Skip to main content
KBS_Icon_questionmark link-ico
Healthier Working Lives ;

Expert Perspective: Healthcare has always pioneered and will continue to do so

John has devoted his career in business to shaping, cultivating and building entrepreneurial cultures in organisations as diverse as a brand leading retail, global management consultancy, public services and national government. He reflects on the power of innovation.

John Mathers

Healthcare embraces innovation

The history of healthcare is a history of innovation. Over thousands of years and across cultures, physicians and healthcare specialists have sought ways to cure disease and improve lives, all through experimentation and invention. Despite many of the concerns we have about our healthcare systems the reality is that the way we look after people has transformed beyond all recognition and the pace is furious.

Today, entrepreneurs in healthcare are accelerating this innovation legacy. They have revolutionised the ways doctors treat patients, designing medical procedures and devices that would have seemed miraculous to their predecessors, and revolutionised how healthcare is delivered to patients and communities.

As the healthcare industry continues to be challenged, opportunities to create new and better ways of doing things grow with it. Some of these are transformative medical treatments and our approach to later life care; others leverage the internet and technology to improve care quality; others are applications that gather and make sense of the ocean of healthcare data generated daily.

It’s vital to retain a positive outlook.

Small steps

Our health and care systems are under strain: a growing and ageing population, combined with budget restraints and pressure on resources are all contributing to a situation where services are stretched and staff feel under stress.

 However, leading healthcare practitioners are also acutely aware that new technology has the potential to help relieve many of these pressures, while also supporting staff and helping them achieve better outcomes for patients.

 In our Healthier Working Lives programme, we have been seeking out the digital entrepreneurs striving to improve this situation.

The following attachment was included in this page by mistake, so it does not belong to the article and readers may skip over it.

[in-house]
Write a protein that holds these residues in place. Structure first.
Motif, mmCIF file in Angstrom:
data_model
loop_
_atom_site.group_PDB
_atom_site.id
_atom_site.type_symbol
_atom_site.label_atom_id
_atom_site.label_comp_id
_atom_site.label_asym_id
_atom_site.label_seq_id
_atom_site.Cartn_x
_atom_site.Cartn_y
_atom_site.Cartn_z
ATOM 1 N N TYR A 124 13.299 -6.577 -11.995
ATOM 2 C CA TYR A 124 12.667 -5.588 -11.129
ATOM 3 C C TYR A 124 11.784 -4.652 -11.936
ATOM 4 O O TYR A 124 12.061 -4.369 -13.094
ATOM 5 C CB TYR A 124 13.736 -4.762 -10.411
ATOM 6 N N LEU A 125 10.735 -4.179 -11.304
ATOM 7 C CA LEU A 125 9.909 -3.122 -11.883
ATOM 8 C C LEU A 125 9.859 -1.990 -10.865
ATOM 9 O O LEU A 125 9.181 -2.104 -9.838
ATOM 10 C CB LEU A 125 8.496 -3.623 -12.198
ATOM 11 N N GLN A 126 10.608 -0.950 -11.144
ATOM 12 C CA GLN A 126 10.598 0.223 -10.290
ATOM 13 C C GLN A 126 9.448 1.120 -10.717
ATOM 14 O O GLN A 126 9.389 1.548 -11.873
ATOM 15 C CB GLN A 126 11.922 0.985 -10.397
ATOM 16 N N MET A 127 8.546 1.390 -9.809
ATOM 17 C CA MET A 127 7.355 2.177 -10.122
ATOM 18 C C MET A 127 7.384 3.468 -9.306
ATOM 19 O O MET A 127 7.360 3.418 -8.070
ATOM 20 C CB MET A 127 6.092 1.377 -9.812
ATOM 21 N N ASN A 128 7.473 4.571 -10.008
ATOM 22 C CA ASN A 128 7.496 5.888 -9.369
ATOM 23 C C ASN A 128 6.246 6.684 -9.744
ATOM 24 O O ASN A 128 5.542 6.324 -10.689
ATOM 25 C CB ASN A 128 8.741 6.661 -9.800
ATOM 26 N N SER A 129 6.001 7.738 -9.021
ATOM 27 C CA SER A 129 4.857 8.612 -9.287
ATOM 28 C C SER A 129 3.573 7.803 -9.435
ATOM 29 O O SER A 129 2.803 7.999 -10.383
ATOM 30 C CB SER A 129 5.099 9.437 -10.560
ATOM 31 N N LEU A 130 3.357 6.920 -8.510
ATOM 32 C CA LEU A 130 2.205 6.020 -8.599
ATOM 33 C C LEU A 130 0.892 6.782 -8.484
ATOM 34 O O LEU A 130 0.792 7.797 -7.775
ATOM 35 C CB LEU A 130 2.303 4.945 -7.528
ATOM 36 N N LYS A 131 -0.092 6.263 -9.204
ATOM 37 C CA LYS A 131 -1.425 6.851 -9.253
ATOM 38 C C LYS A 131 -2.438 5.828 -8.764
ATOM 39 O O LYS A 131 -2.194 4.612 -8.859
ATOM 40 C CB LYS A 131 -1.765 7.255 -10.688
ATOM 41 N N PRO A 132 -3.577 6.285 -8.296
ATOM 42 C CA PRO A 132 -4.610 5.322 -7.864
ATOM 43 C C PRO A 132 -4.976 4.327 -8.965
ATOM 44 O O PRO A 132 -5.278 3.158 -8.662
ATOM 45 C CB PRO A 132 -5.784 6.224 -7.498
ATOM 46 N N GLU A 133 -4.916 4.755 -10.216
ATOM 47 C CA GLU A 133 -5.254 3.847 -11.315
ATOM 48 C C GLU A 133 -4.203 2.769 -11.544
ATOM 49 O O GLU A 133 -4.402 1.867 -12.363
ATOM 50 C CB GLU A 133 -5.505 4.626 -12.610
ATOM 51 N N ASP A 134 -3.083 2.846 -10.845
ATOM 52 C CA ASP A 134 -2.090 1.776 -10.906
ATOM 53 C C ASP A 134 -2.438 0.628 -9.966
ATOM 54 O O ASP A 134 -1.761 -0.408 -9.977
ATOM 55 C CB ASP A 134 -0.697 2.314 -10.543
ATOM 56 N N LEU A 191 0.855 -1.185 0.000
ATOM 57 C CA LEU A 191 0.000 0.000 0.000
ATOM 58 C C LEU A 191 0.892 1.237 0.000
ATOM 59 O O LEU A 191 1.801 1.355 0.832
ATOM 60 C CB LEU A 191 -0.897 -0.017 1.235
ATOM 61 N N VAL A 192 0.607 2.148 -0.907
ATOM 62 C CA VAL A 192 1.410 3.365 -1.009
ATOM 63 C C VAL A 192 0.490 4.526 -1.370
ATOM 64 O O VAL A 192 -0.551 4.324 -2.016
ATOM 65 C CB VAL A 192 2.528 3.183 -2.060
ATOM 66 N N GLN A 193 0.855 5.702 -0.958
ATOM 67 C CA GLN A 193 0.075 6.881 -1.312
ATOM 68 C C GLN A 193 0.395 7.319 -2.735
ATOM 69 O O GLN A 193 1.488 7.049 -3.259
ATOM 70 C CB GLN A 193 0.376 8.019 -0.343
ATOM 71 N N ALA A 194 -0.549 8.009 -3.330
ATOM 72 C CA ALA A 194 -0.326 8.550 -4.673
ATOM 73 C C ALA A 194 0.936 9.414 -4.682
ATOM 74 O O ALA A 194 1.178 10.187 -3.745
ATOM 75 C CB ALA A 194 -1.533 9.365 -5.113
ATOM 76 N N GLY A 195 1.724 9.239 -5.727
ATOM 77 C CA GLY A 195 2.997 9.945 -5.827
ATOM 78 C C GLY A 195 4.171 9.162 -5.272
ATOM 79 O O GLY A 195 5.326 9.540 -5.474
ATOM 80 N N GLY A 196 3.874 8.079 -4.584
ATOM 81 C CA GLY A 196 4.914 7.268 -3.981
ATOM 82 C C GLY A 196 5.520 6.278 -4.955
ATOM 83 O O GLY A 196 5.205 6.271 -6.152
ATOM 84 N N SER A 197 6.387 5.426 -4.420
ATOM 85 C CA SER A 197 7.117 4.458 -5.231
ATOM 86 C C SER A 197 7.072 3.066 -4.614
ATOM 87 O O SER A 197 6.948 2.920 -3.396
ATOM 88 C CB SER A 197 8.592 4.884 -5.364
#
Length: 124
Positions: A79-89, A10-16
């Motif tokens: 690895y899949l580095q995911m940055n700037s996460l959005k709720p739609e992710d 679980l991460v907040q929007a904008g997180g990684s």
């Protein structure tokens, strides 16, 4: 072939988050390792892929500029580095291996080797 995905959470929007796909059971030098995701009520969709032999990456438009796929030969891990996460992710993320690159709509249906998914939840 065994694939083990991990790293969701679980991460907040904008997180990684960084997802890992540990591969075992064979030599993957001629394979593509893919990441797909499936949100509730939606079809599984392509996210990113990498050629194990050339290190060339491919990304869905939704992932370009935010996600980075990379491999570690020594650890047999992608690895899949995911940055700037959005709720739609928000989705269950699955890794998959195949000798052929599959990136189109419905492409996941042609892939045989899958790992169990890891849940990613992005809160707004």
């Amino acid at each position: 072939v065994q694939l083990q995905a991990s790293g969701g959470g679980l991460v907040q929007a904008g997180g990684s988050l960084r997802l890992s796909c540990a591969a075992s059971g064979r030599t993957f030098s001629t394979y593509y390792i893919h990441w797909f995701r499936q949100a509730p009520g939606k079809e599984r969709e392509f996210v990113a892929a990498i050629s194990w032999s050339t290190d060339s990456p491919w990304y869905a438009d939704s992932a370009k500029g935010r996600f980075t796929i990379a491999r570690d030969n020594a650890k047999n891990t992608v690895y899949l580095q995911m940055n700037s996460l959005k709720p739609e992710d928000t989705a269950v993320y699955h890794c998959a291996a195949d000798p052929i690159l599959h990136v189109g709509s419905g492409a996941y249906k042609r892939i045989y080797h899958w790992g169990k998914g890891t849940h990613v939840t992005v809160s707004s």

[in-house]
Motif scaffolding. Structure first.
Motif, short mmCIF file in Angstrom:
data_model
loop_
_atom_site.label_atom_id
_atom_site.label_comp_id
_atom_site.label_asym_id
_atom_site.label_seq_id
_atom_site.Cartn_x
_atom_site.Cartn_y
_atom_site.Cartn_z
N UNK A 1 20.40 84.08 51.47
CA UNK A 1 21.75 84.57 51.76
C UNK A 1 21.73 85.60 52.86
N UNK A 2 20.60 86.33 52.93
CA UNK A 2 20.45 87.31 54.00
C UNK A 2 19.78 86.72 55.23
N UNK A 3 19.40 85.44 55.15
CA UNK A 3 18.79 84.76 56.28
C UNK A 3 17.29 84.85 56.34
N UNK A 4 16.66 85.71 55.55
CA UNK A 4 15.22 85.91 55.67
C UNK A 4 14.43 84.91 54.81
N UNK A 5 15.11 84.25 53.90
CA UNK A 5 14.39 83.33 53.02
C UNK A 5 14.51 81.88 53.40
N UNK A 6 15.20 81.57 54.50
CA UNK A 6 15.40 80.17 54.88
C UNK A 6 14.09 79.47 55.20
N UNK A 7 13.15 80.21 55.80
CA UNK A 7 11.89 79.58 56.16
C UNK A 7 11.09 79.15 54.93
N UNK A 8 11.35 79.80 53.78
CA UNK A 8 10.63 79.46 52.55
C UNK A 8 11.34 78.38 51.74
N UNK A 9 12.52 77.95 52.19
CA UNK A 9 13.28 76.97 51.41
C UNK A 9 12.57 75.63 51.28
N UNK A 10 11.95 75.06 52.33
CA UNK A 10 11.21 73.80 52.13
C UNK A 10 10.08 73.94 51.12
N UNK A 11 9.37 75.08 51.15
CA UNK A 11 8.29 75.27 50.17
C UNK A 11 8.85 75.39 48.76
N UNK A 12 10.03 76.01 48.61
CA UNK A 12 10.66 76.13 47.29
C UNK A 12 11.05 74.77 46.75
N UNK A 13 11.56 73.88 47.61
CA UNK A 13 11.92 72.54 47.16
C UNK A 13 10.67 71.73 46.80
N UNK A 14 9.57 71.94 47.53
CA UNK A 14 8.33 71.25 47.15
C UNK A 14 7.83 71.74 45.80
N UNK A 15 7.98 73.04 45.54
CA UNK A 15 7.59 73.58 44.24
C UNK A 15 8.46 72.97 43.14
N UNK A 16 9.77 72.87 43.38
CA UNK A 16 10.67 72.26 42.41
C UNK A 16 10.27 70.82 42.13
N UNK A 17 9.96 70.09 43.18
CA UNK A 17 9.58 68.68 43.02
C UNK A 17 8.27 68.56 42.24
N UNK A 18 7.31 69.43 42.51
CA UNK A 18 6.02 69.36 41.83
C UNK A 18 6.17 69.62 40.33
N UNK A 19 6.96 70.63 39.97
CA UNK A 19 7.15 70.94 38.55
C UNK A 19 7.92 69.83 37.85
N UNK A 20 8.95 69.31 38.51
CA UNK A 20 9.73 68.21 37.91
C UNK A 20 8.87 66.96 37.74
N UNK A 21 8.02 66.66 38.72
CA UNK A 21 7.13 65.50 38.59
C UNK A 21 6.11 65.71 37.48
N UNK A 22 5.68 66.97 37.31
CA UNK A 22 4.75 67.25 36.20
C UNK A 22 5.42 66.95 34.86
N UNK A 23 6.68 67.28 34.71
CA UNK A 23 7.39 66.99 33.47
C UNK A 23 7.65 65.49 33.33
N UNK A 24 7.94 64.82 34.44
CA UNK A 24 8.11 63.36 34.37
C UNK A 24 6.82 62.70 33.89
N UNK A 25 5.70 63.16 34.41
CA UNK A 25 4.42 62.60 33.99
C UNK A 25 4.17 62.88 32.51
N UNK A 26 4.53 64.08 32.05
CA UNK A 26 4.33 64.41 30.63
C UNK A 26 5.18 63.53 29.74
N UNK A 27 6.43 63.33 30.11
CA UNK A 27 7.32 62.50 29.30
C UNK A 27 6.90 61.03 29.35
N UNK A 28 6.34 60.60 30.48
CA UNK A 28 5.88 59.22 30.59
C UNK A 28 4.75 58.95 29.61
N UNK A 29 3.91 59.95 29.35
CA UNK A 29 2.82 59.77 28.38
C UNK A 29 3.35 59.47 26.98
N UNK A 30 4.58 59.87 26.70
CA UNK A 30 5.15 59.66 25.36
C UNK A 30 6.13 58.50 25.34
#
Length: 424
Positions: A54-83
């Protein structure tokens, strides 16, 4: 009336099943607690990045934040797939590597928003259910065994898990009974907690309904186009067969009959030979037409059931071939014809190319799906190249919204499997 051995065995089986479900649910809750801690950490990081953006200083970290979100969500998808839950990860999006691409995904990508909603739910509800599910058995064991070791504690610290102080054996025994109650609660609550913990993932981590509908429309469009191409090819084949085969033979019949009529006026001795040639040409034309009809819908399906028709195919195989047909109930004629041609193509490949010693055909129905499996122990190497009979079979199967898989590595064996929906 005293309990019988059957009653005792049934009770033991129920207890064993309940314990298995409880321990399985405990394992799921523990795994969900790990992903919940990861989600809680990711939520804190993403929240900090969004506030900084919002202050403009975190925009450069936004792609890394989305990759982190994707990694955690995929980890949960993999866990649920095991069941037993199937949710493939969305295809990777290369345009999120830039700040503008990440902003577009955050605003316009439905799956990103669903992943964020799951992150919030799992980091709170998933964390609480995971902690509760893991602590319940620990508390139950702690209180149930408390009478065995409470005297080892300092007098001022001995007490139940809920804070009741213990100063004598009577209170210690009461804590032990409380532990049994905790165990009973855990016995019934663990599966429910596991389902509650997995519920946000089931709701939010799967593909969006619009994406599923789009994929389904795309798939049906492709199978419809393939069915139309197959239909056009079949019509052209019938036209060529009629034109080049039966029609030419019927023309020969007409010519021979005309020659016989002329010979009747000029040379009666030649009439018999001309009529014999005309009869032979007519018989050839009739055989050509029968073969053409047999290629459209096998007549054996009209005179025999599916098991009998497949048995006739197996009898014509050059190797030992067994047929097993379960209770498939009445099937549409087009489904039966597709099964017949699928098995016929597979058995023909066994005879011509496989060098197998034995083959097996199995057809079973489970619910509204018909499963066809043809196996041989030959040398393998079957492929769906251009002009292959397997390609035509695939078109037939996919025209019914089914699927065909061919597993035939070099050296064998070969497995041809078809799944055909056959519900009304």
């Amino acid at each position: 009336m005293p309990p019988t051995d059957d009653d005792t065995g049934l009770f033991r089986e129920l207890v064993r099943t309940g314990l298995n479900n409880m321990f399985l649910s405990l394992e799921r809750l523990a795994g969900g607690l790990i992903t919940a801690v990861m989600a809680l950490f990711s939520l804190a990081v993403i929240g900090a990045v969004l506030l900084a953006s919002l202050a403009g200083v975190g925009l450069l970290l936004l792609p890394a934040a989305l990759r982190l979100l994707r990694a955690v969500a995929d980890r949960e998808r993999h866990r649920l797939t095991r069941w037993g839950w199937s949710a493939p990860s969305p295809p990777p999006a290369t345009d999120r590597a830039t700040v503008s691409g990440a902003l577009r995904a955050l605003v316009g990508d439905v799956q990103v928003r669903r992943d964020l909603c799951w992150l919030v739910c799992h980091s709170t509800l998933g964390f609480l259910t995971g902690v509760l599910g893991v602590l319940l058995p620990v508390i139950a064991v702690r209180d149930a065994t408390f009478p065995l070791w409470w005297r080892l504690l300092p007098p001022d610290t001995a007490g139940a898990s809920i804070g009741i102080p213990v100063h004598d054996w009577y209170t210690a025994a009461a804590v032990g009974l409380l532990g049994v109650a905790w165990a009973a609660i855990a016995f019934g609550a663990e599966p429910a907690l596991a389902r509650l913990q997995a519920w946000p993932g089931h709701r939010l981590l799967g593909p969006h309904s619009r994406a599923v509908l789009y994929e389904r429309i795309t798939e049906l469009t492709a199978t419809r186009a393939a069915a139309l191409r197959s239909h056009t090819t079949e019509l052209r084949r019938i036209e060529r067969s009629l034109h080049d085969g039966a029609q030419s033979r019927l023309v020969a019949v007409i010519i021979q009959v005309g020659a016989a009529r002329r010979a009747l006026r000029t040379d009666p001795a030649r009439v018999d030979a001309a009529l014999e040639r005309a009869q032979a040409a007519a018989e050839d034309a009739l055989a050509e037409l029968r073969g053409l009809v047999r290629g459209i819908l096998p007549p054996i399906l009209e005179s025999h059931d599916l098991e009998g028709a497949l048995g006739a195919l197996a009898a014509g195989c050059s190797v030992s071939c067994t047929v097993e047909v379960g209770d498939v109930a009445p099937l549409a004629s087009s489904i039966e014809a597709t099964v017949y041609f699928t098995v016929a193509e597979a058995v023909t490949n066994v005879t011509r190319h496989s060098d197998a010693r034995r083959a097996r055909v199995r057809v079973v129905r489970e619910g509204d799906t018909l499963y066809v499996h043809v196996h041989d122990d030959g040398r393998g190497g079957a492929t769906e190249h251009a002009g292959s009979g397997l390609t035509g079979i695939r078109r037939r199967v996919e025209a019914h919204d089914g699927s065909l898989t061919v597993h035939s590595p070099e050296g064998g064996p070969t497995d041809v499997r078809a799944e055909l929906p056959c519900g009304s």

We’ve been understanding the innovations out there. Those that shift the needle and disrupt the status quo. And the challenges people face trying to introduce them into the system.

 Working with entrepreneurs will undoubtedly help to evolve the healthcare culture but everyone needs to recognise it’s a journey, and not going to happen overnight.

 We have to be patient – because big changes often take time – but equally we should be challenging norms and over-turning established outmoded practices.

Opening the door, inch by inch

For many entrepreneurs there are significant barriers to entry so they have to be exceptionally determined to get into the healthcare system and deliver demonstrably new solutions.

The big challenges are:

  • Navigation – finding out who to approach with the innovation
  • Awareness – ensuring people on the front line know, like and advocate the solution
  • Adoption – helping people to use the solution once they are aware of it

Successful entrepreneurs examine the needs of those working in the healthcare sector, and identify quick wins to streamline technology, are the first steps towards systemic change nic making it easier to use and more accessible at scale.

The good news

Naturally, often the most effective ideas emerge from front-line staff who have direct experience of the pressures in the system – symptomatic of an intrapreneurial culture. And it’s up to innovative entrepreneurs to enable those ideas to be realised.